1. What is the difference between “is” and “it is” in a sentence?

Please make sure that the password is at least 8 characters long.
Please make sure that the password it is at least 8 characters long.

A boarding pass is required.
A boarding pass it is required.

Is raining today.
It is raining today.

The food is good.
The food it is good.

Is great.
It is great.

Thank you!

  • 1
    Welcome to the site! Can you give us more context and explanation? And can you give us example sentences? Your question is not entirely clear.
    – Cerberus
    Jan 8, 2014 at 9:07

3 Answers 3


In the first, second, and fourth sample sentences, you already have a subject, the password, a boarding pass and the food, and therefore don't need to include an it. Although it may be more common to use in other languages, the it part is left out in English (I'm not sure if leaving it in is incorrect grammar, or just not done in practice).

However, if you add a comma after the subject, you can include it. The resulting sentence puts an added emphasis on the subject (though, this is quite uncommonly used):

The food, it is good.

Picture someone saying that sentence: The food *pause* it is good.

  • 3
    "The food, it is good" is an example of left dislocation.
    – user230
    Jan 8, 2014 at 11:44
  • 1
    "The food, it is good" would be more of an idiom (and still an unusual phrasing) than good English sentence structure. In all the other cases, adding a comma would be bad to some degree.
    – Phil Perry
    Jun 10, 2014 at 17:27

I wonder if I have understood your question correctly. However I'll try to answer.

In English verbs are normally used with the subject they refer to. This is because most verbs do not change their ending to adapt to a singular or plural subject. For example, we say "you are" both when we are talking to one person only or to a group of people, as much as we say "I have" and "they have". Without a proper subject we would not be able to correctly understand the meaning of a verb.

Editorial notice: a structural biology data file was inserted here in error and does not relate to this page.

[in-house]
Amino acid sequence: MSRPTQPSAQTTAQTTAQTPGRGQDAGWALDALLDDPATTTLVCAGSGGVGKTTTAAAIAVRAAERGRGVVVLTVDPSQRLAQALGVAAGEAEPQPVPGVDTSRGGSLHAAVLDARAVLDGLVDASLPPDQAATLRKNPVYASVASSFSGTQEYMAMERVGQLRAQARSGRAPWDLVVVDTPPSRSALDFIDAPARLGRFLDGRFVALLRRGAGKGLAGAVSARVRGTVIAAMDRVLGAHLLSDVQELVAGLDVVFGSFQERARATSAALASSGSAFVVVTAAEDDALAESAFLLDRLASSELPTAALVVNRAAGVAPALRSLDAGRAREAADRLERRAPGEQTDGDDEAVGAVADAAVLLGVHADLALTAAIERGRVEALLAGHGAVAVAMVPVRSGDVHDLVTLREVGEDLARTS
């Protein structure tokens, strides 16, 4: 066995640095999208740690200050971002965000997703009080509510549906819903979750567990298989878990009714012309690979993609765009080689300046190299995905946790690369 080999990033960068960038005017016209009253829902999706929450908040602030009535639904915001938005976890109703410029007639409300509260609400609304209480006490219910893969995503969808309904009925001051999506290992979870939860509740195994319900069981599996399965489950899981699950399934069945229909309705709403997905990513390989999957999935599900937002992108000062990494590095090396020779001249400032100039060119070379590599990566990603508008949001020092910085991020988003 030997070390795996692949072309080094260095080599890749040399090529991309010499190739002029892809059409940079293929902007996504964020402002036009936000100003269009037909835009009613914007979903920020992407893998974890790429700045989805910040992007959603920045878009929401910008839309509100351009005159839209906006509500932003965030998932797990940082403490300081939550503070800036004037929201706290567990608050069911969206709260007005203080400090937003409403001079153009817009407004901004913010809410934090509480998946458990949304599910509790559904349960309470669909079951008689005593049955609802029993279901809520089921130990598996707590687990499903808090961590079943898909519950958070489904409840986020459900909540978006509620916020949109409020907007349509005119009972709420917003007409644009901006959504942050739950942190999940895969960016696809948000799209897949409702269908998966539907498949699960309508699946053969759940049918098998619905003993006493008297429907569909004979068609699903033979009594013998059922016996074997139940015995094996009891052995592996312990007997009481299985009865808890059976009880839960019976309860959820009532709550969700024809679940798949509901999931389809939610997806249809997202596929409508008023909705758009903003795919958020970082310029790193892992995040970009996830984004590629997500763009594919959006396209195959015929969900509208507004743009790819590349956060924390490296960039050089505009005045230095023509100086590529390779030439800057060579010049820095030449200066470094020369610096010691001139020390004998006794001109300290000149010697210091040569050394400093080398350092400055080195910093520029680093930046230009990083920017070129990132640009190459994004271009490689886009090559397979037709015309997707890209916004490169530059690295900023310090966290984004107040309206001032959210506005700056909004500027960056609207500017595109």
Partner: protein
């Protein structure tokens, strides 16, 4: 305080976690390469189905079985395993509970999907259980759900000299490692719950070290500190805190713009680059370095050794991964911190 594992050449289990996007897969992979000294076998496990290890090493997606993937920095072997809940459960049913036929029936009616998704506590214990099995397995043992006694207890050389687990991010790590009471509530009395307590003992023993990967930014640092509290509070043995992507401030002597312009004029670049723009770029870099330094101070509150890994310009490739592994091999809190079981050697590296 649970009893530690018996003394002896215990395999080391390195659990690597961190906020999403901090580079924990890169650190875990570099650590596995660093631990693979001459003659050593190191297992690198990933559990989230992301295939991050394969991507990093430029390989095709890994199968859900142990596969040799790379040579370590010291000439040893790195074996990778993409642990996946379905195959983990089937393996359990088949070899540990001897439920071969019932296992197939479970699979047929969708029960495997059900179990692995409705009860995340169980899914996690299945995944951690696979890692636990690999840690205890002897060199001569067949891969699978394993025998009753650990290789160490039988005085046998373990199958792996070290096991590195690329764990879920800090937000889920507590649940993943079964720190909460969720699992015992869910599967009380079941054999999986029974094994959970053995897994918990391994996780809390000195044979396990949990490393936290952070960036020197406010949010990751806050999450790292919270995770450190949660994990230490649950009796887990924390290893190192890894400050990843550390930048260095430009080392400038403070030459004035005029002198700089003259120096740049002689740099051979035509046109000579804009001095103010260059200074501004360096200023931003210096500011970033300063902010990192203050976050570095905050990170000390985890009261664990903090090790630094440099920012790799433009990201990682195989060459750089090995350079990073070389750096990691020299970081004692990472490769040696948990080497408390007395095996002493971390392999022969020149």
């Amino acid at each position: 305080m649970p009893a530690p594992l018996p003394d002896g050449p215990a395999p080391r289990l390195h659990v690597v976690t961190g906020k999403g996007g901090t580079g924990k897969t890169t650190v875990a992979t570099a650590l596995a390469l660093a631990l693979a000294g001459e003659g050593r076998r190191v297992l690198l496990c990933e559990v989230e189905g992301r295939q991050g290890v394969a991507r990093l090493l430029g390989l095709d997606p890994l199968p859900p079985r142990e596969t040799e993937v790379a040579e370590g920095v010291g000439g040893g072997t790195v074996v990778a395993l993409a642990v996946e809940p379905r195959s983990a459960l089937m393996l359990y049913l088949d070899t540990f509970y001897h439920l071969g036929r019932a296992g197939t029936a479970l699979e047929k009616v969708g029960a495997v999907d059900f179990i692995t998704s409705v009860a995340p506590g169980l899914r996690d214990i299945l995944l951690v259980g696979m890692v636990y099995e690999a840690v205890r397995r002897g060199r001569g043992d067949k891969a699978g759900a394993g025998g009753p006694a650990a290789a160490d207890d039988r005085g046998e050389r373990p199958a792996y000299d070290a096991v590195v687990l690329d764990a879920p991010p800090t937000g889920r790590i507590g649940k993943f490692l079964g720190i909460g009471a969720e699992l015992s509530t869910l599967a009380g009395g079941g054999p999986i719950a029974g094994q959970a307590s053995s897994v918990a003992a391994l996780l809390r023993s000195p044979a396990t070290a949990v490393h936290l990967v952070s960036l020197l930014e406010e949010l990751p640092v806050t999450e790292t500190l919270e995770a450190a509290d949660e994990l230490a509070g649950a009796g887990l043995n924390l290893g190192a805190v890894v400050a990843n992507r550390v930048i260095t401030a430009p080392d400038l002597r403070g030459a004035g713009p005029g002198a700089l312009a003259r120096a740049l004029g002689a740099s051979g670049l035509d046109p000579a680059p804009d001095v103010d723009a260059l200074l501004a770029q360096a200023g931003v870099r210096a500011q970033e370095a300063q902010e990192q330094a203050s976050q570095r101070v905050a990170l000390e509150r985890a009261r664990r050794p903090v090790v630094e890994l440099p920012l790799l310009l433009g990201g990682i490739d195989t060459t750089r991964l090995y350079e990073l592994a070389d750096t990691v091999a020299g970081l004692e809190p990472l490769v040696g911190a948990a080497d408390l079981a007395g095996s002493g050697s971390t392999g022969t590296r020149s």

The verb "is" refers to a third person singular but this is not enough to make a sentence correct and complete, so we use it in conjunction with either he, she or it.

Coming to the sentences you list, it is only required in the third sentence (It is raining today) because in the other sets of examples there is a proper subject and adding it would be wrong.


The password, a boarding pass and the food are the subject of is in the given examples, so you do not need to add an extra subject it. In "it is raining", it is the subject so you cannot leave it out.

So in short, only in the phrase "it is raining" do you use "it", in the other examples "it" should not be there.


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